Paint the Scene

The overwhelming smell of fish permeated the moist, morning air as Angela made her way through the wharf. All was still and quiet now, but she knew Market Street would be bustling with tourists later. Every now and then the bay would appear to her right, peeking at her between the buildings, and if she really squinted, she could make out the tiny island that held more secrets than anyone would ever know. A plume of white flour could be seen swirling out from the vents at the bakery, and the crab vendors were setting up their stands for another day. She veered left to make her way onto Taylor Street and passed a line of tourists already waiting at the Powell/Mason cable car stop. They were always so easy to spot around the city: large cameras hanging from their necks, sneakers, jeans and a sweatshirt—most likely purchased from one of the local shops. So many people underestimated just how cold it could be in the summer months. Angela, herself, had only moved to the city a year ago, but she could pinpoint the exact moment she had fallen in love with the “city by the bay”.

San FranciscoIf you haven’t figured it out already, the paragraph above is a description of what one might see along an early morning walk through Fisherman’s Wharf in San Francisco. The first sentence lets the reader know approximately what time of day it is and some details of the area. As the reader moves through the paragraph, they pick up on more details of the area, the sights, the smells, other people that might be in the area and even the weather. The reader might not yet know the exact location, but the transportation process has already begun.

One key item to remember in story telling is always “show don’t tell”. What that means is, it’s important to walk the reader through the story instead of telling them what happened.

If you are one that travels, do you keep a detailed travel journal? You can actually use your travel journal as a way to build a story. Use the location from one of your trips and pull information from your travel journal to plot out the story, describe a historic landmark or to just get your bearings on the location again. Then, the only thing left to remember is to use detailed descriptions.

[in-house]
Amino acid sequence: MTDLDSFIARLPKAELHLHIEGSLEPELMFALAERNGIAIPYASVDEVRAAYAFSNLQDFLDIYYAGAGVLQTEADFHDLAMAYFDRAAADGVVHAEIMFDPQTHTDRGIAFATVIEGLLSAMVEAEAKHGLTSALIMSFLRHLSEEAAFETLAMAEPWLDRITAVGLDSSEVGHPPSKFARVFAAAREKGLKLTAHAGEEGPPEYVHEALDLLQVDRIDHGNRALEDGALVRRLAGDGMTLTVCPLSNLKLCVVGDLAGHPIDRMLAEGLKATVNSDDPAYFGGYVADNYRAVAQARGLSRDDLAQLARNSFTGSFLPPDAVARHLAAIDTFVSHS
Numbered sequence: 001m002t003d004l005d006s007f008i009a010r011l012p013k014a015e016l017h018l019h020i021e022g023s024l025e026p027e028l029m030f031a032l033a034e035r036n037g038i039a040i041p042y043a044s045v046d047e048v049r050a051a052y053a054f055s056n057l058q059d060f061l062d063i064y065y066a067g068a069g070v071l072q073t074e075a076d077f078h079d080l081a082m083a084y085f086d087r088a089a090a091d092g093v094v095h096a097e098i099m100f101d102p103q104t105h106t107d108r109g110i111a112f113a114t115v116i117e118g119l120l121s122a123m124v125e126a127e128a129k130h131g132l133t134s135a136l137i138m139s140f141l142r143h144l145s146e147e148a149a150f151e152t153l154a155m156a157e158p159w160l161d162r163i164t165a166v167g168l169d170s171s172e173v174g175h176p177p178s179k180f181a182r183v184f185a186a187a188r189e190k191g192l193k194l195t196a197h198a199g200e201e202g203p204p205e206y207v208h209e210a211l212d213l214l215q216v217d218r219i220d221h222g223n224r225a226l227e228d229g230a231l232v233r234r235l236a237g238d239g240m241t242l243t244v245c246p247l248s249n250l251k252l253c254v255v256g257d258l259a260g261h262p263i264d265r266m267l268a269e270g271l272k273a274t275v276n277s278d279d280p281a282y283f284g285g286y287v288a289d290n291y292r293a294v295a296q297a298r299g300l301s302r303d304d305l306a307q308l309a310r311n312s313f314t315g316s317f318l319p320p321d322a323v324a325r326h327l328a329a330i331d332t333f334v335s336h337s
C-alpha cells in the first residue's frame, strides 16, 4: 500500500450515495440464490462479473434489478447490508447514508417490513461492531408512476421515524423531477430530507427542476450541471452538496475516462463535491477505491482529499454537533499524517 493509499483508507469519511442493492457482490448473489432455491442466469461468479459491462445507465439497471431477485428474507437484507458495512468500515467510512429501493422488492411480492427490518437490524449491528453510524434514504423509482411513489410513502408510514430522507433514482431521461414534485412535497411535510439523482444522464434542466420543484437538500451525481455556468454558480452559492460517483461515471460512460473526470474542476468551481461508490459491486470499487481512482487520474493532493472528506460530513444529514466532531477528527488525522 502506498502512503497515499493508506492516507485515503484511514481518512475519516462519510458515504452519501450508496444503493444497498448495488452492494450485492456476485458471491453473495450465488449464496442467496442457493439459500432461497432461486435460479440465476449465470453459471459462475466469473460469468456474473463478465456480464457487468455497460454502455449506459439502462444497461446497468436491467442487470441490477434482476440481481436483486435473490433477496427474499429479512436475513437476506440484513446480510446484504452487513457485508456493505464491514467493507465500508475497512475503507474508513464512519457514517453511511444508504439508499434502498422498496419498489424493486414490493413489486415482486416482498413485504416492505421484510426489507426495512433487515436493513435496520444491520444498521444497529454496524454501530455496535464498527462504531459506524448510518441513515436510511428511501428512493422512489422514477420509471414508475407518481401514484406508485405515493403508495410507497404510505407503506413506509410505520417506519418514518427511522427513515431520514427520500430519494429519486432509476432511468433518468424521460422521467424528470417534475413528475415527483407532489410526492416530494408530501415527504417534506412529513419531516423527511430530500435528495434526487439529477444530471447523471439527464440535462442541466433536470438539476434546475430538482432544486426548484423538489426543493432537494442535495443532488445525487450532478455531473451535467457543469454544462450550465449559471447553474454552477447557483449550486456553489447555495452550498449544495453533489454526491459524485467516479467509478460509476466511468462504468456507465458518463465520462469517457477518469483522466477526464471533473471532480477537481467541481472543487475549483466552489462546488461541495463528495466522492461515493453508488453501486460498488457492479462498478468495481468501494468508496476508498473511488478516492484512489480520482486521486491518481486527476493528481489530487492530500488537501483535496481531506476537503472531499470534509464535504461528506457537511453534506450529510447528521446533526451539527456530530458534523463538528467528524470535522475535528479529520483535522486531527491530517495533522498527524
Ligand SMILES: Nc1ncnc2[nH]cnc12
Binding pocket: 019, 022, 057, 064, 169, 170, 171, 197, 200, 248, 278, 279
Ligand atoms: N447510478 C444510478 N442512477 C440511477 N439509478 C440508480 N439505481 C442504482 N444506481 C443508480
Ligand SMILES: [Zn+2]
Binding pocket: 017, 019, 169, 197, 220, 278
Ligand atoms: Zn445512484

If I told you, “Angela bikes to the Golden Gate Bridge on Tuesday mornings,” yet you had never been to the Golden Gate Bridge, you’d gain nothing from that piece of information. Instead, if I wrote something like this: “Angela never let the fog get in her way of biking to the Golden Gate Bridge on Tuesday mornings. She loved the way its large, orange colored structure poked out from the gray haze on even the foggiest mornings. To her, the bridge represented determination and strength…” you would have a better understanding of what the bridge actually looked like and why it might be important for Angela to go there every Tuesday morning.

If you haven’t guessed it already, this month our blog writers are focusing on travel, both in the literal sense of taking a trip and documenting it, and in the writing sense of transporting readers to the scenes set in your book. So, make sure to keep coming back the entire month of July.

We’d also love to hear your favorite travel destination and what you love about it!

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About the Author ()

Erika Bennett, Editorial Manager for Xulon Press, has been a freelance editor for nearly half a decade. Before joining the Xulon team in 2010, she worked with several first time authors who wanted to test the waters of self-publishing. Her aim is to make sure great books find their way into readers’ hands.

Comments (1)

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  1. Great! I have learned a lot and hope to use in my first book. Thanks.

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